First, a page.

News Release

Murdoch “Can’t Have it Both Ways”

NICHOLAS JOHNSON, mailbox at nicholasjohnson.org
Johnson is currently in the D.C. area and is available for a limited number of interviews. Now teaching at the University of Iowa College of Law, Johnson is a former FCC commissioner who helped block the attempted takeover of ABC by ITT in the 1960s. He said today: “Murdoch is taking the classic position of big media owners: No responsibility. It’s a typical corporate tactic that tries to place the blame on underlings who actually have very little responsibility or power. And when finally faced with the illegal actions of his companies, Murdoch pleads that his media holdings are so vast he can’t keep track of everything. Well, then that’s why media conglomerates should be broken up. Murdoch and other media moguls can’t have it both ways. This is especially true of companies that hold broadcast licences, as Murdoch’s News Corp holds through Fox TV. Broadcast licences are supposed to be used for ‘the public interest,’ but instead are being used for private profit.”

In 1968, Johnson wrote the piece for the Atlantic magazine: “The Media Barons and the Public Interest: An FCC Commissioner’s Warning.”

KARL GROSSMAN, kgrossman at hamptons.com
Professor of journalism at the State University of New York/College at Old Westbury, Grossman said today: “The performances of Rupert and James Murdoch yesterday were outrageous. It’s unbelievable that they were not quite aware of the thoroughly unethical and illegal activities being investigated considering their close oversight of the activities of News of the World and their other media properties. Rupert Murdoch’s media empire is — and continues to be — a journalistic travesty. This I say as a longtime professor of journalism as well as journalist. William Randolph Hearst’s power-crazed activities pale in comparison to those of Rupert Murdoch who has sought — and succeeded — in being an international Citizen Kane. Rupert Murdoch and the rest of his management and supportive board must be brought down — and the toxic Murdoch media empire broken up. Today more than ever we need a free and independent media serving the public interest.” See Grossman’s “Rupert Murdoch Media Empire: A Journalistic Travesty.”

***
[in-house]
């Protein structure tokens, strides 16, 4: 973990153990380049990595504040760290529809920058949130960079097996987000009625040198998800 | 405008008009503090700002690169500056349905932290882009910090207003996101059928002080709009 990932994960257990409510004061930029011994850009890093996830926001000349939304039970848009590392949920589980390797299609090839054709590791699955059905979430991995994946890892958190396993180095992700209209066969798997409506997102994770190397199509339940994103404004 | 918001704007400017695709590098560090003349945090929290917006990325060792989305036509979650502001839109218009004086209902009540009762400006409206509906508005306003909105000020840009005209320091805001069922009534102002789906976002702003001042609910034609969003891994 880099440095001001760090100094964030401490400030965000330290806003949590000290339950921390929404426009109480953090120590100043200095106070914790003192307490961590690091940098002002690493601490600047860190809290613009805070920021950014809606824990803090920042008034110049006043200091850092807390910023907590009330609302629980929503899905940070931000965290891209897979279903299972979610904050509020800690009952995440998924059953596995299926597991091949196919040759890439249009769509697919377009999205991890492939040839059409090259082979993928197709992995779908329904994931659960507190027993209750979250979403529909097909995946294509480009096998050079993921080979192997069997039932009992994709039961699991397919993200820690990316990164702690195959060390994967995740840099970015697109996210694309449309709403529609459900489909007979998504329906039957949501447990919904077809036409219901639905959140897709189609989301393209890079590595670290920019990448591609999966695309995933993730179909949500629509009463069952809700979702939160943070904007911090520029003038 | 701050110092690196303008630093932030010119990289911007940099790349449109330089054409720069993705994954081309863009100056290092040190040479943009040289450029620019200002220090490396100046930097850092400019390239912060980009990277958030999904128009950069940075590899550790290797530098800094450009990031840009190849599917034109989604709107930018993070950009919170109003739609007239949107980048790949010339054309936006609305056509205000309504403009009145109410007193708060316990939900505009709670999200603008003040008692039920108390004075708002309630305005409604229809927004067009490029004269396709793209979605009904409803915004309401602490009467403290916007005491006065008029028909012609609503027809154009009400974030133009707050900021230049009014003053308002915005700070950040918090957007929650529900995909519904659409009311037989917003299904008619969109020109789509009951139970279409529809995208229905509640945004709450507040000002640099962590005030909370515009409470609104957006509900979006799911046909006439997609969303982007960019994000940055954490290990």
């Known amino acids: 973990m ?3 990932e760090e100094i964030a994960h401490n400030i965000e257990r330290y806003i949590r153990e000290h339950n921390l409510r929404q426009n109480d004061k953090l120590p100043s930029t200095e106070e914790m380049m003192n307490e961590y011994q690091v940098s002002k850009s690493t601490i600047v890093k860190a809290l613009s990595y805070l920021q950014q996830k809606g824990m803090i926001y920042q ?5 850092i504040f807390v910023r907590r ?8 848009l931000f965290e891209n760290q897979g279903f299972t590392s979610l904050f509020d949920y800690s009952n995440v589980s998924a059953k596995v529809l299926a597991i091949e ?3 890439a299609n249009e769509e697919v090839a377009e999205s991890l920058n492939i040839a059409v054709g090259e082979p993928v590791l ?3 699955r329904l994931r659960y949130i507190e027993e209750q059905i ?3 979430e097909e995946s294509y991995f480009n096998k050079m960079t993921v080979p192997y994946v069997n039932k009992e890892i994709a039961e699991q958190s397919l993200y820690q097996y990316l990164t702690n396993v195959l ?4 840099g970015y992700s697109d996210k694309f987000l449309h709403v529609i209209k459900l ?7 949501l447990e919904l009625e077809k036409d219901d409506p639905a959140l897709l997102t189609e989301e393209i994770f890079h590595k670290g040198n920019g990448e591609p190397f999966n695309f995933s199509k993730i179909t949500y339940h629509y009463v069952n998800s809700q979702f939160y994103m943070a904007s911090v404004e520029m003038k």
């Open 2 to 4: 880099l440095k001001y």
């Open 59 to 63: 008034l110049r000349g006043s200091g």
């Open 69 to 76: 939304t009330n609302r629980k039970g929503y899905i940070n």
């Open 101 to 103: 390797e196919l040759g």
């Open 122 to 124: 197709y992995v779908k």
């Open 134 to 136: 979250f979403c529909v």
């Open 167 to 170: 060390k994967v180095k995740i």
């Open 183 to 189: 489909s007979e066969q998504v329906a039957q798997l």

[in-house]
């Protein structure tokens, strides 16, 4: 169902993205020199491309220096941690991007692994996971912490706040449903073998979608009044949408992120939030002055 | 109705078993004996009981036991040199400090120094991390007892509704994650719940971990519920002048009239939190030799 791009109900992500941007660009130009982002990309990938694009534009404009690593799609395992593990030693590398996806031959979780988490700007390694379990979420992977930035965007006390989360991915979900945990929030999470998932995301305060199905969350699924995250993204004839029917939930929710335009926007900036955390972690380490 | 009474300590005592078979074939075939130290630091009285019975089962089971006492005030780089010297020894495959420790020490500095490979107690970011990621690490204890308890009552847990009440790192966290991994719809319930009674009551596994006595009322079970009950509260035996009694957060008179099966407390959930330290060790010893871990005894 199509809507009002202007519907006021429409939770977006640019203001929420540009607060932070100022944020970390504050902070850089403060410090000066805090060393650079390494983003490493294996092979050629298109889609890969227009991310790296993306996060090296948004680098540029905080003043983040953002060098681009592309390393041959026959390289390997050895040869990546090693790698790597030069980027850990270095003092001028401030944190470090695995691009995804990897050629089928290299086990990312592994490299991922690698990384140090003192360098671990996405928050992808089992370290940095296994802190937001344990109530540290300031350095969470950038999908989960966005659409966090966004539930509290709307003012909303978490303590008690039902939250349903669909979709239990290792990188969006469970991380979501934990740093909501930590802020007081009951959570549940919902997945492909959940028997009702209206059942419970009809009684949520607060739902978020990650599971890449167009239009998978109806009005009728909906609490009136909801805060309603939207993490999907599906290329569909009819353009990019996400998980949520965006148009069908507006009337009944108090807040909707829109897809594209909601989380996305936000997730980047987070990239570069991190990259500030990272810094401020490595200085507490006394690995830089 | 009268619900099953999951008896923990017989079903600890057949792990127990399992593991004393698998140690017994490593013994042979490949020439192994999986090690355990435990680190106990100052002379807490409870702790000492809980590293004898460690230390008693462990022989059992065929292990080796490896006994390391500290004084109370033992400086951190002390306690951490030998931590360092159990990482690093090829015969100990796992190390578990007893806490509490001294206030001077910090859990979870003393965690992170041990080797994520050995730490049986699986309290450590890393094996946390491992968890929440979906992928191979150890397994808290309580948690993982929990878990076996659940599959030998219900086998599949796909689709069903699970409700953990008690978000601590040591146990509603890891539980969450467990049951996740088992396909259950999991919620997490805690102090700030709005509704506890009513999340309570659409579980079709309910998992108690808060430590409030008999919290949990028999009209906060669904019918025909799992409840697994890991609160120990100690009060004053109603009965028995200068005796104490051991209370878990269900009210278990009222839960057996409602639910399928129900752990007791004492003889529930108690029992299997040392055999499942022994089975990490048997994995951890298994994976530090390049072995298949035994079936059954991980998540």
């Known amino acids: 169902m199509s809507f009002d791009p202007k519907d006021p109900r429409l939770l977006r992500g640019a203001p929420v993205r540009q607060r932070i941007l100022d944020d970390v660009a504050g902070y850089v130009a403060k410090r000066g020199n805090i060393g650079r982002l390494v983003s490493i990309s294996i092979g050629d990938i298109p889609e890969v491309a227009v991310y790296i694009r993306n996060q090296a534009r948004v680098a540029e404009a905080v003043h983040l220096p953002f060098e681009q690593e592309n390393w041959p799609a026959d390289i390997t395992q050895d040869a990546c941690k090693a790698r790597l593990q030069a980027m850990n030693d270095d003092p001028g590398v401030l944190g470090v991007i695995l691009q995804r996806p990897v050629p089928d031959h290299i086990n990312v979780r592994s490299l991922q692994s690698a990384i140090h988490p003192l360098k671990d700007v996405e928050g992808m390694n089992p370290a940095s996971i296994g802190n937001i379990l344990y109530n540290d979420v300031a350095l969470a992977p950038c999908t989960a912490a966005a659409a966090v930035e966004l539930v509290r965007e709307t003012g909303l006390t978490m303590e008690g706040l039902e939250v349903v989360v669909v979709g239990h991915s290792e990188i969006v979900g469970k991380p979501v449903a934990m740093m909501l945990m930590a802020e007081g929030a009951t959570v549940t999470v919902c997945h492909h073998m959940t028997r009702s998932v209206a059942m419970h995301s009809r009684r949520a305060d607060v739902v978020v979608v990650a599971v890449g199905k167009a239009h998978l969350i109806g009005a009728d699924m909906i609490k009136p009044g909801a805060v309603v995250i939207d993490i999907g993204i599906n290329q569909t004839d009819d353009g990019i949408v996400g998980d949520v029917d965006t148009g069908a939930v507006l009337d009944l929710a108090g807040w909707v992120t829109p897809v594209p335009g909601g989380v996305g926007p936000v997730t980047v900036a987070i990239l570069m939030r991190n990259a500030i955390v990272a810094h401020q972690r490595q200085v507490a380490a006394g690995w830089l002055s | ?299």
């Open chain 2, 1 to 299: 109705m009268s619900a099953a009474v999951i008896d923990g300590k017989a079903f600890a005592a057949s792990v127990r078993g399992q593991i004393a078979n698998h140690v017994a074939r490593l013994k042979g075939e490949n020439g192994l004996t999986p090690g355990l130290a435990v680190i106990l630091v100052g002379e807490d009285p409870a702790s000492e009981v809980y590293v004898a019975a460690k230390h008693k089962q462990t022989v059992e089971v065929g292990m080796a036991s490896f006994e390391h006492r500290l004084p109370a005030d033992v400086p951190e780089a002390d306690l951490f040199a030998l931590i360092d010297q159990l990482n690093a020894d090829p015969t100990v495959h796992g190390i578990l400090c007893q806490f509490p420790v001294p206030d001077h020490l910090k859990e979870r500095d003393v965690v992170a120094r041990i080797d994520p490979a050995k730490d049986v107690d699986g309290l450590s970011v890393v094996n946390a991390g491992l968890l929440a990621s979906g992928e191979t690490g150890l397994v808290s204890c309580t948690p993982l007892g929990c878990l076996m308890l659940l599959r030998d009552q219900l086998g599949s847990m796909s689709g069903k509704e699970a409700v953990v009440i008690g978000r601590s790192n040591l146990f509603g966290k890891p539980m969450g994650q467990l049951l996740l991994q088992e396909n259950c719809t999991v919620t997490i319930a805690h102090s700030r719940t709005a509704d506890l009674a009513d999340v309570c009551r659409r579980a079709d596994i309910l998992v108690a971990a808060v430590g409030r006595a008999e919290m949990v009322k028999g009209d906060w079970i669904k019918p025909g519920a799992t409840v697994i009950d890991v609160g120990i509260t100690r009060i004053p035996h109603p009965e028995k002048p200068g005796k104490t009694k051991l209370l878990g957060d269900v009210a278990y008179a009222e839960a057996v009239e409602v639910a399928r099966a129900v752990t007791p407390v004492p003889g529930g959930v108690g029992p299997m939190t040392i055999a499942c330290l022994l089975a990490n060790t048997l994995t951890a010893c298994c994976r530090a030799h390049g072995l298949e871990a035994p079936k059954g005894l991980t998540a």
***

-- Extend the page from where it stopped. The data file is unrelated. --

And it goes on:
DAVE SALDANA, dsaldana at freepress.net
Communications director for Free Press, a media reform group, Saldana said today: “Murdoch’s News Corp has had an incredible amont of influence in the UK, U.S. and other countries. How many hosts on Fox News are potential or actual presidential candidates? But that’s the symptom, the disease is media consolidation and the pathogen is money in the political system. AT&T has spent millions in the political system to get the T-Mobile merger through, as did Comcast with the NBC takeover. This is the opposite of having a diverse media that is supposed to foster a meaningful democracy.”

JEFF COHEN, jeffco at hvc.rr.com,
Available for interviews beginning Friday, Cohen is the founding director of the Park Center for Independent Media at Ithaca College. He is also the founder of Fairness & Accuracy In Reporting and his books include “Cable News Confidential.” He was quoted in the New York Times on Tuesday, saying: “For those of us who’ve been warning about the dangers of too much media power concentrated in too few corporate hands, this scandal is a godsend.”

Correction: Last week IPA issued a release titled “Murdoch’s Scandals” in which we quoted David Cay Johnston’s analysis of News Corp’s taxes. Johnston has since issued a correction, explaining how he misread the company’s records. He wrote: “Rupert Murdoch’s News Corp did not get a $4.8 billion tax refund for the past four years, as I reported. Instead, it paid that much in cash for corporate income taxes for the years 2007 through 2010 while earning pre-tax profits of $10.4 billion.”